That new concern ranges from gourmet to barbecue; indeed, Lee Roy Selmon's Southern Comfort, which may have the best of the new menus, was the product of a crack corporate test kitchen and old family recipes.
The corporations can also create a market where it is easier to obtain from suppliers -- and sell to customers -- the likes of duck breast and haricots verts.
Despite improvements, food remains the chain's weakest link and the independent's best opportunity.
Marshalling the service troops
While you wonder if there are enough diners to eat in all these places, the puzzler for restaurateurs is whether there are enough people to staff them.
Staffing is tough for restaurateurs anywhere, but the answer here is more yes than no.
New corporate restaurants are tough competitors who can offer workers health insurance, vacations and better pay (a dishwasher might make $8 or $9 an hour rather than minimum wage), as well as training and a chance to move up or own a piece of the business.
That has caused turmoil and turnover around the bay, as waiters jump quickly to greener pastures. Better pay and new glamor to the restaurant career have also drawn a broader group of smart, polished applicants to all positions in the restaurant and corporate trainers who can turn them into professionals.
Chain money also means big wait staffs, with as few as three tables to wait on, and enough supervisors to flood a dining room with suits.
Many independent restaurants say they can't match corporate salaries and perks, but they try. They win employee loyalty with a non-corporate sense of family and respect, flexible hours and pride in creative, distinctive food. Top independent chefs also offer day-to-day teaching, while they borrow the chain's more modern training techniques.
Yes, I still run into bad attitude, bad hygiene, bad manners and general ignorance in restaurants, new and old. Slowly, however, more servers know and care about food (and even wine), show the way to the restroom, get the bill right and make you feel at ease and at home.
While some parts of the economy slow down, the demand for someone else to do the cooking continues to grow. Floridians, especially, dine out for more meals than ever, and they are spending more.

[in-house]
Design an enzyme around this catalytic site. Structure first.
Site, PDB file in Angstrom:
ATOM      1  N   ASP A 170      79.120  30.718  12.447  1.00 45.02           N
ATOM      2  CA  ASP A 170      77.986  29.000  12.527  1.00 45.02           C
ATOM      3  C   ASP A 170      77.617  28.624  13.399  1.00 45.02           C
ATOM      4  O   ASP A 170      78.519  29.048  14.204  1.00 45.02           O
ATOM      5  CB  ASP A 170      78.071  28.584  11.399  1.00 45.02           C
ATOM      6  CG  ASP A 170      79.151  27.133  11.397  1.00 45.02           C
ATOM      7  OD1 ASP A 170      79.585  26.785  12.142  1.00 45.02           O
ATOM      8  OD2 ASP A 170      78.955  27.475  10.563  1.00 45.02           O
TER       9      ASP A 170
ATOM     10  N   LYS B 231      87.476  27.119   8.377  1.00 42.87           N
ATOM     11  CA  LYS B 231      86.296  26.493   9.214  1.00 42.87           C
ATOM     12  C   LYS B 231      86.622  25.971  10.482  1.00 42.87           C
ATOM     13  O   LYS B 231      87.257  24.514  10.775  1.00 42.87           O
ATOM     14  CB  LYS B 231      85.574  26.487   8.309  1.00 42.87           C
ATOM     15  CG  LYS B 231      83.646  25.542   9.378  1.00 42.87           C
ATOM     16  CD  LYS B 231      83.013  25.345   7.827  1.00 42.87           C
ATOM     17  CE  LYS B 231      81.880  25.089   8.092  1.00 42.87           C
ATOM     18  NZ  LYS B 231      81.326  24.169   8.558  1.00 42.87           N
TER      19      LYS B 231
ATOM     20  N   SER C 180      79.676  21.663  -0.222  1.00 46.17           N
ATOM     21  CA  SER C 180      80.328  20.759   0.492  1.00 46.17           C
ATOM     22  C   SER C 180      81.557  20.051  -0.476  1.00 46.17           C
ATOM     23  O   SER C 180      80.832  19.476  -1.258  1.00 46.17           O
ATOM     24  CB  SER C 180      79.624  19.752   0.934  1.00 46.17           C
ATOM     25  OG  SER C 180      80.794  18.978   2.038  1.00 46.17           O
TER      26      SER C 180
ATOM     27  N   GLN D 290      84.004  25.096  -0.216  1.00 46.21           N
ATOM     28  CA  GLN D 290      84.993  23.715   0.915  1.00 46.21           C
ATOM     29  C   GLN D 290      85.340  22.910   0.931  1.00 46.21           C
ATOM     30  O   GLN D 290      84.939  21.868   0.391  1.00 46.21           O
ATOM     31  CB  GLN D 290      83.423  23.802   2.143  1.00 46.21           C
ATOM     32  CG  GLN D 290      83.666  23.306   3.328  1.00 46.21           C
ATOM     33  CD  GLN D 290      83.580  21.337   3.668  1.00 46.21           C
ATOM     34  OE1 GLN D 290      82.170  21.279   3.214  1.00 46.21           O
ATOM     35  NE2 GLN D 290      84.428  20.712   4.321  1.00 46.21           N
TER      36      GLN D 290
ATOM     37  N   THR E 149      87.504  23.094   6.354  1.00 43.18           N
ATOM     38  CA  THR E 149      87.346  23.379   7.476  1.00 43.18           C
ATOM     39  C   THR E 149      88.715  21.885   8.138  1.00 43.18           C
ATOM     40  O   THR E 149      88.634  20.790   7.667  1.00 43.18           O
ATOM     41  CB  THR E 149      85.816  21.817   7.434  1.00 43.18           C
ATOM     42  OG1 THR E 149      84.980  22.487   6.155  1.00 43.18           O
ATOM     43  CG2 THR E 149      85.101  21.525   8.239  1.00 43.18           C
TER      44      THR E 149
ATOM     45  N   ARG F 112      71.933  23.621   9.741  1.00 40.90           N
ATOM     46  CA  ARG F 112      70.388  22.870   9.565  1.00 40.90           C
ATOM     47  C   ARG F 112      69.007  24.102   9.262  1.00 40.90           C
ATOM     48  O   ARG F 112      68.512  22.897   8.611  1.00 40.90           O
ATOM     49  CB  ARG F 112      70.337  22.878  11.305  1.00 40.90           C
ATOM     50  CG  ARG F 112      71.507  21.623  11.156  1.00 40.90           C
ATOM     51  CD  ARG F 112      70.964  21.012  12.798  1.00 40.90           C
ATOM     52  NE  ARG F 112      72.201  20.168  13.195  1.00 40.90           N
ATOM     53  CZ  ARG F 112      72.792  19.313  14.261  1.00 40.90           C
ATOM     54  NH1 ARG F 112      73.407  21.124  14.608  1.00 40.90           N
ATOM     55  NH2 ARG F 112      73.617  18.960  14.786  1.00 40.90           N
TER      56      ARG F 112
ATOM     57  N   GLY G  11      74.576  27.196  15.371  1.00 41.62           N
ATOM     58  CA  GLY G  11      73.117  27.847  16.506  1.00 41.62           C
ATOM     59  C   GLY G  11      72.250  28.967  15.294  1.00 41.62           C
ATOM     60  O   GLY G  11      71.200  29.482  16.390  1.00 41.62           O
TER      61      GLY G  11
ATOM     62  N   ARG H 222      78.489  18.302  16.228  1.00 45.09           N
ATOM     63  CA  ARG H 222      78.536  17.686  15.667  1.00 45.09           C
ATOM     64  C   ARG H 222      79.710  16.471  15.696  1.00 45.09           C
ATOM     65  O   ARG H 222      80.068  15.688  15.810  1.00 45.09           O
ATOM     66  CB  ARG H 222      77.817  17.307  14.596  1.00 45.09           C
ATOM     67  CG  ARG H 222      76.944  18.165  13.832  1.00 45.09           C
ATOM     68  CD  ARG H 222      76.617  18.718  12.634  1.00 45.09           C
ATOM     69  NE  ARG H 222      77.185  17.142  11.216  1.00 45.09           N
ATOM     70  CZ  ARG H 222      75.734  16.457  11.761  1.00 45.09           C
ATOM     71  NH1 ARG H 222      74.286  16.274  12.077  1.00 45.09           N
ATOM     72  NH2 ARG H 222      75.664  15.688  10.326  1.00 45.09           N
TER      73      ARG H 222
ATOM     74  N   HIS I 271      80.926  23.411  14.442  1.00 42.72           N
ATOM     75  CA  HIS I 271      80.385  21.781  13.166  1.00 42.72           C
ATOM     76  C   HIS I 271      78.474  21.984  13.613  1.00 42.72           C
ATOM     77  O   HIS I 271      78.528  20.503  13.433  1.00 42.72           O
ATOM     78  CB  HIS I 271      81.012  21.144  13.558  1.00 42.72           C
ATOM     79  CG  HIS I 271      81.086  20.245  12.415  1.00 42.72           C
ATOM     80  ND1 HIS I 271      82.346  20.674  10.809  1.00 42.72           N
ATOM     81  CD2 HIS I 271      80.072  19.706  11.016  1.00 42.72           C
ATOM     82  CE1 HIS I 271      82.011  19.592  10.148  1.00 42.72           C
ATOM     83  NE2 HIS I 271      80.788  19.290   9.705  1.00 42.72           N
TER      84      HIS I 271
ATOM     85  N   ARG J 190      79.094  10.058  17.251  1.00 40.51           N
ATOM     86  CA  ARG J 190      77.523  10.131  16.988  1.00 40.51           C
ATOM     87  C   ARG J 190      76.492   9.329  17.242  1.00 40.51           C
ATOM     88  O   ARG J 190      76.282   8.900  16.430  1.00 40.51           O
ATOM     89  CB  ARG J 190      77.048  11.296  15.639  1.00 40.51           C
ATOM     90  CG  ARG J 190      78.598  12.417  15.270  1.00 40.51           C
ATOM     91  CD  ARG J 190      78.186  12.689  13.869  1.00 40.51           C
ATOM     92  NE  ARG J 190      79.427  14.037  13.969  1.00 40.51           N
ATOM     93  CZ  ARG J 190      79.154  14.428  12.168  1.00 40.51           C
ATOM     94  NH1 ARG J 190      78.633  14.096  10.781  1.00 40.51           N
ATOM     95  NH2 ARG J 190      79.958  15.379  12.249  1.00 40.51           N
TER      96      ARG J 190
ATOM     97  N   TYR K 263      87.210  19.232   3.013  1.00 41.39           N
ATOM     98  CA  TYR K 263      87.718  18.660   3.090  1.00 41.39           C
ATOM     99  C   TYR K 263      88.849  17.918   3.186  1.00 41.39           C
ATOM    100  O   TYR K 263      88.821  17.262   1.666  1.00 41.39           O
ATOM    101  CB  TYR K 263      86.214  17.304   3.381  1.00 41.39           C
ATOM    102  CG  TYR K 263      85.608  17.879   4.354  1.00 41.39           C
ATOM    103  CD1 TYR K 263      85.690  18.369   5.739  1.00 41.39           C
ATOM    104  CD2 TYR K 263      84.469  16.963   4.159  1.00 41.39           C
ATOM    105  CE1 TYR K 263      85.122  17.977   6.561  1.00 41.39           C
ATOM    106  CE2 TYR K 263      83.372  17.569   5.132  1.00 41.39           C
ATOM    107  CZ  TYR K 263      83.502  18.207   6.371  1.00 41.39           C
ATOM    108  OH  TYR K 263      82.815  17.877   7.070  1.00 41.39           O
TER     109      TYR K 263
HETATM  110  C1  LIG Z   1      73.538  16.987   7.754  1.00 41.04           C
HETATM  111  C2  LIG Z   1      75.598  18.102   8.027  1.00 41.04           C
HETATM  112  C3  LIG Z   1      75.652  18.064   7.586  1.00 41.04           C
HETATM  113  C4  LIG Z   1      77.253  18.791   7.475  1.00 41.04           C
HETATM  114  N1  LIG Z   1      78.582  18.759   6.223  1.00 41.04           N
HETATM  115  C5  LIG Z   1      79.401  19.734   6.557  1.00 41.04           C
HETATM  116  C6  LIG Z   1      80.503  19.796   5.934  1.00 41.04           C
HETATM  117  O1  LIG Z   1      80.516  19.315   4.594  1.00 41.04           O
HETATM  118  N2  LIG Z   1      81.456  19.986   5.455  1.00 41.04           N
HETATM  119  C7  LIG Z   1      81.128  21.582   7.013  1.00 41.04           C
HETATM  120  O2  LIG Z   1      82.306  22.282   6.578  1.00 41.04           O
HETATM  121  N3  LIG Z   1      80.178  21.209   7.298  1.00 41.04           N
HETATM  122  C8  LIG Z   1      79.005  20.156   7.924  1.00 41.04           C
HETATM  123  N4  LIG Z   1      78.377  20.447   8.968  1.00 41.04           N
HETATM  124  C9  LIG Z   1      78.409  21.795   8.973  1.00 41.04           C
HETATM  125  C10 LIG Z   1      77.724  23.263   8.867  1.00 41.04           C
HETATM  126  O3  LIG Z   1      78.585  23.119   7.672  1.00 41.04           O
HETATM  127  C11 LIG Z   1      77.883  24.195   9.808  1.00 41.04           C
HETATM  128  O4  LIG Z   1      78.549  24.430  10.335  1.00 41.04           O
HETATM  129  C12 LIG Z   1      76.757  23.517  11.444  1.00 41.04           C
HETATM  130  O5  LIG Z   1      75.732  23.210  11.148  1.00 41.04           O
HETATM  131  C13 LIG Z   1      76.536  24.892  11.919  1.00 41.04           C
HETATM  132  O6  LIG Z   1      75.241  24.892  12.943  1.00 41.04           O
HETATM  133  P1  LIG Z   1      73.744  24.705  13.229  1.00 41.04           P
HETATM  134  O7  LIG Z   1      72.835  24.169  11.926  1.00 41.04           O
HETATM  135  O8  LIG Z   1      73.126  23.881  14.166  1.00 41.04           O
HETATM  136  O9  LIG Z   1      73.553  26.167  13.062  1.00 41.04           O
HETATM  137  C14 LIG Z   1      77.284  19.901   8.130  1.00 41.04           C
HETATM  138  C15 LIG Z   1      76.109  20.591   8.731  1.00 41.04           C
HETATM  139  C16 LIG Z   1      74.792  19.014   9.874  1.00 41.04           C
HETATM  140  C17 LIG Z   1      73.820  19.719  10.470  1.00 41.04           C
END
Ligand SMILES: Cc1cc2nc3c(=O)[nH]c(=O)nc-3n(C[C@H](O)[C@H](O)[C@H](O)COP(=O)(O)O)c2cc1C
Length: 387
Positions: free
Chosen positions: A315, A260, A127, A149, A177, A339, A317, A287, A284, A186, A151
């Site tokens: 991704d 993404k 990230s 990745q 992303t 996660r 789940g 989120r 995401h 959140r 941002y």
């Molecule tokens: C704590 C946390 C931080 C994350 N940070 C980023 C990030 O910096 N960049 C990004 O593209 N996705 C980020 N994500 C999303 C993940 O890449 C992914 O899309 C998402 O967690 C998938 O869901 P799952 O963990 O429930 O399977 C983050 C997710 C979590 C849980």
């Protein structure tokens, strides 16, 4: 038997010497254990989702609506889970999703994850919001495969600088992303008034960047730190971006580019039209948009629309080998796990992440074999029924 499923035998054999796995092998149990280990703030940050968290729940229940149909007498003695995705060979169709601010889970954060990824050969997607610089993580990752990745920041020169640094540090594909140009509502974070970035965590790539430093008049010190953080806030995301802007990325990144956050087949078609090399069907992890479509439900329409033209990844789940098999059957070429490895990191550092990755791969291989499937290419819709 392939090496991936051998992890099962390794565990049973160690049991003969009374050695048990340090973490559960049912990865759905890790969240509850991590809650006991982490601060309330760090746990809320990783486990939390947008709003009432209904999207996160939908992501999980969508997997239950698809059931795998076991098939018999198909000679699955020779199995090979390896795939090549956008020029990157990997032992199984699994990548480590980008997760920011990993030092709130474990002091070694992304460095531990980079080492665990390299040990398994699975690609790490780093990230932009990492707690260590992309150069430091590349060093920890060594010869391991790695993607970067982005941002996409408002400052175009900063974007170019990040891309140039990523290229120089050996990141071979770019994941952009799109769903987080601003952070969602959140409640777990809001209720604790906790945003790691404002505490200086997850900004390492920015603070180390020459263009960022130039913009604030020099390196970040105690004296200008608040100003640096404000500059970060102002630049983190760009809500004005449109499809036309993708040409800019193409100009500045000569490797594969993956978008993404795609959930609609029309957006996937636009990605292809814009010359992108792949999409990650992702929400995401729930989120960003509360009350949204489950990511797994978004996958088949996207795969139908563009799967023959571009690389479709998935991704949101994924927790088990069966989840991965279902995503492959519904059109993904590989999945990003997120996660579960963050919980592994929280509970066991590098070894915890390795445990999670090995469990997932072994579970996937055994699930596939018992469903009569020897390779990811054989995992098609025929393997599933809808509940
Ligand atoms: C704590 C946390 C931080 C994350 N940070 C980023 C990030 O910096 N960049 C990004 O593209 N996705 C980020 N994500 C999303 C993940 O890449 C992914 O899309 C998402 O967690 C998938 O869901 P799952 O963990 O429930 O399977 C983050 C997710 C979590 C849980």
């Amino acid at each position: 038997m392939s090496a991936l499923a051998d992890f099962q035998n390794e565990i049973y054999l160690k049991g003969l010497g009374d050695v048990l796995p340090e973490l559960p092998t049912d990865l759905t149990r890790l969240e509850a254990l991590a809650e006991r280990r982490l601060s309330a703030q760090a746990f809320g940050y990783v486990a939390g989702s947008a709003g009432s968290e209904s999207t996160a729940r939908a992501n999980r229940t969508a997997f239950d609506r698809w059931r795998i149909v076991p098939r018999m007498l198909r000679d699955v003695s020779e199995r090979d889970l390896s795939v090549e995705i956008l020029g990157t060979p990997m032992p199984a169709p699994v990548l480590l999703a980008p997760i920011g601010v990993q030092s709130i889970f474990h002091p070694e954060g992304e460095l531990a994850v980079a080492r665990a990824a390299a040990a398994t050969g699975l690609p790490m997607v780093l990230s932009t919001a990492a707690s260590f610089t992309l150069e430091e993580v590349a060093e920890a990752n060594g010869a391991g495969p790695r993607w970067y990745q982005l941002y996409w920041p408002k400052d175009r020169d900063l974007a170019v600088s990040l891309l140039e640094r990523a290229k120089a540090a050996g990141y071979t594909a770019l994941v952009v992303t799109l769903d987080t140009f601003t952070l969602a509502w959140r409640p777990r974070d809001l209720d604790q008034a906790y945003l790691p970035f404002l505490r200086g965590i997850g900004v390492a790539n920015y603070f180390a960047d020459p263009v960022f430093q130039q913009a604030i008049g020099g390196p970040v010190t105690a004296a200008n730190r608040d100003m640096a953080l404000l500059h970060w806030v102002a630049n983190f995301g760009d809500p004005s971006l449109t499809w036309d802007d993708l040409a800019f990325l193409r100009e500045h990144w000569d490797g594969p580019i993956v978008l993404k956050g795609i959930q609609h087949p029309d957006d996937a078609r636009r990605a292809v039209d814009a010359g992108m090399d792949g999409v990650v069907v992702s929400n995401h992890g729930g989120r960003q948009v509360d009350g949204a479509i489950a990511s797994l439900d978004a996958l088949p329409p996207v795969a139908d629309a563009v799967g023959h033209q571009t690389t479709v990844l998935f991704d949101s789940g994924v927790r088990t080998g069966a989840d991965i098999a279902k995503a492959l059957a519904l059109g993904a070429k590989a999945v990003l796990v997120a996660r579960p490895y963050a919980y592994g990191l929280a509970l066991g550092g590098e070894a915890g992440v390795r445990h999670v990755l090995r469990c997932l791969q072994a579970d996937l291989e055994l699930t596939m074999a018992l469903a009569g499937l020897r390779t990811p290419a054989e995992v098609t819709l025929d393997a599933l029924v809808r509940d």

Certainly, too many compete for that money and not every one will succeed -- and new corporate restaurants will fail too. The big news is that corporate restaurants now compete for special occasion meals as well, when dinner for two can top $100, not just middlebrow fare. Ten years ago only a handful of restaurants in the area charged such prices; today more than two dozen do, including five steakhouses where the meat alone can cost $30. The number of diners who spend that much are few, and now they have many more choices.
What's an independent restaurant to do? Envy and bemoan the impossible financial advantages and advertising budgets of the big guys, sure, but then what?
Many concentrate on neighborhood clientele; some focus on a bistro price range, where a good dinner is less than $50 for two.
A select group of valiant independents has formed the Tampa Bay Independent Restaurant Association for mutual aid, while Tampa's SoHo restaurants plan to advertise jointly. A few seek their own economies of scale: Tarpon Spring's Ballyhoo has gone from one location to four in five years and has three more on the drawing board.
Some succeed in the very shadow of competition, such as Chateau France, Pacific Wave, Grand Finale and Ambrosia, all a few blocks from the $200-million BayWalk complex.
A surprising number actually welcome the new arrivals and credit them with setting new standards in local dining and kicking the excitement up a notch.
"I think it's positive," said Peter Kreuziger, who has run Bon Appetit in Dunedin for 25 years. "It brings a whole new life to our industry, which had become rather stagnant. It's good for the customers, it's good for the employees, it's good for everybody."
Others waste little time envying big corporate budgets for ads, decor and staff; the smallest restaurants must address those elements while still trading on their advantages of great, imaginative food and personal service. "It's a tough market. You have to be smart, more than smart," says Jeannie Pierola, executive chef at Bern's and SideBerns. "You have to have your heart in it, and your customer has to know it."
And you still need luck and constant improvement.
Still, she's glad to see big money and famous chefs here, as signs that the area is increasingly food-savvy.
While advertising and television package and sell lifestyle, modern consumers are eager co-conspirators now, hungry to buy a branded dining experience, the culinary equivalent of the Gap. For all the steak chains here, some beefeaters still hunger for the arrival of Morton's of Chicago or Smith & Wollensky. Yet that can make the home-made, hand-crafted, local and independent more precious.
What makes a city a great food town is not that it has the 17th branch of a chain or the fifth restaurant of a famous chef. Seattle, San Francisco, Chicago, New Orleans, New York and Miami taste great because they have a wealth of unique flavors, one-of-a-kind chefs and enterprising restaurants.
That may come in a few years when chefs with corporate restaurants decide to leave and open their own restaurants. Thus, the corporations carry within them the seeds of change and hope.